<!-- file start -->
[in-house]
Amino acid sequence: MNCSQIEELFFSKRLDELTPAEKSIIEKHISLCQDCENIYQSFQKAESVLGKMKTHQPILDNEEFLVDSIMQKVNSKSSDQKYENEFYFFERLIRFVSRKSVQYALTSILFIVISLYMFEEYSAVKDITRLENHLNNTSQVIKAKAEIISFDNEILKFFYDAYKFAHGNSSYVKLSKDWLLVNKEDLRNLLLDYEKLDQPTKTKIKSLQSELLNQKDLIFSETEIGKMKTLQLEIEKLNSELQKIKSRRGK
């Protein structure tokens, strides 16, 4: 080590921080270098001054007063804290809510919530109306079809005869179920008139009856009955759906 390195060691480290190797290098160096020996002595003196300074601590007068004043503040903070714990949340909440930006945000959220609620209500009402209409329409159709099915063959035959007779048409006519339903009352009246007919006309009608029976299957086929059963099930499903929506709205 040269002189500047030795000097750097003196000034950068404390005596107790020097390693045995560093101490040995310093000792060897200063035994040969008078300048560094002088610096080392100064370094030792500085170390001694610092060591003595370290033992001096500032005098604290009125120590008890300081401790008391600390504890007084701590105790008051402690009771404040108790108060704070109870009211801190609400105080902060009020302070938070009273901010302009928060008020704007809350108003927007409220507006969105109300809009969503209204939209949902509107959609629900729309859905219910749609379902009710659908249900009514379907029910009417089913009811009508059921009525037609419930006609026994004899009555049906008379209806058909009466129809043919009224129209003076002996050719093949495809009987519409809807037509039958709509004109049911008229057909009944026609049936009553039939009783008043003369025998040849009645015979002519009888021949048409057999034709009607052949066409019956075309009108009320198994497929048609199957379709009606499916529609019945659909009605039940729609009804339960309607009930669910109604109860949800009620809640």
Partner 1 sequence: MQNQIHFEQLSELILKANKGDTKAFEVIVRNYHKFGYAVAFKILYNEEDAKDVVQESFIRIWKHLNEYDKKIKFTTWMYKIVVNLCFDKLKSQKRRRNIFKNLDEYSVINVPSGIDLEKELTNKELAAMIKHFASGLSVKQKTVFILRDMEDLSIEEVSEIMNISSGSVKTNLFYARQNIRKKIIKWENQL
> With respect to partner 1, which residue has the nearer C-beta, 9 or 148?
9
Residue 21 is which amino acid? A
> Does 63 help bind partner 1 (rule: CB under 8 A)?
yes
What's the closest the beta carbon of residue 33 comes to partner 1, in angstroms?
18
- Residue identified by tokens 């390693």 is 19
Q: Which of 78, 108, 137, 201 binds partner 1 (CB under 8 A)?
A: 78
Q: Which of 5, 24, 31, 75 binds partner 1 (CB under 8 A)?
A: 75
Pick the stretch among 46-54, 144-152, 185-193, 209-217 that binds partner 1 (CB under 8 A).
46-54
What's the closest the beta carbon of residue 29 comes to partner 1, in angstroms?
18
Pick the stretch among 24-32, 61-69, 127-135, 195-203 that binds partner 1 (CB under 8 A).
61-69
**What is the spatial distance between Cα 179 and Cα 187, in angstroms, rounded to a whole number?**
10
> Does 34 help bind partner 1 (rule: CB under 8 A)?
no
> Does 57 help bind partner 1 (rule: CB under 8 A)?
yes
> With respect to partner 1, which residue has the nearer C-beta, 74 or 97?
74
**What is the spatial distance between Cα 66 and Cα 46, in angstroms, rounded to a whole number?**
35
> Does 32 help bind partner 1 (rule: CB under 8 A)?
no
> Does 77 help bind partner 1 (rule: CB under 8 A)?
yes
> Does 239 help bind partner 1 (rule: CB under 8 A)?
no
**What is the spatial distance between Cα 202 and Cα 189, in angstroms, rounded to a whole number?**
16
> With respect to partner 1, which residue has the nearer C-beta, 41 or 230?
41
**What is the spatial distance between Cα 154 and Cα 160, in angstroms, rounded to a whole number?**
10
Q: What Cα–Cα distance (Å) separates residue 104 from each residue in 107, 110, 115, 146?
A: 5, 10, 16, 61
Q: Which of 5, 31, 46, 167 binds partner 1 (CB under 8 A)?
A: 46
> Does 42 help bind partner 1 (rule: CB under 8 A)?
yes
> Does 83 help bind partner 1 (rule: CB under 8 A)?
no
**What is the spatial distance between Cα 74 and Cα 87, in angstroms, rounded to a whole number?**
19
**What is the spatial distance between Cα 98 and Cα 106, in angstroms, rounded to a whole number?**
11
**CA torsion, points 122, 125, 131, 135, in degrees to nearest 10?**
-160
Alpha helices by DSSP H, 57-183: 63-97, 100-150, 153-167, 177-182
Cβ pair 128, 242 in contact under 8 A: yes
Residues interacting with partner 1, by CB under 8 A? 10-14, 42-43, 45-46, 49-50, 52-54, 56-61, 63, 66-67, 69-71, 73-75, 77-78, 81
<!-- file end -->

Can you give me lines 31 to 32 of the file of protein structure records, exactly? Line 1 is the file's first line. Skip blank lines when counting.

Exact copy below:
**What is the spatial distance between Cα 66 and Cα 46, in angstroms, rounded to a whole number?**
35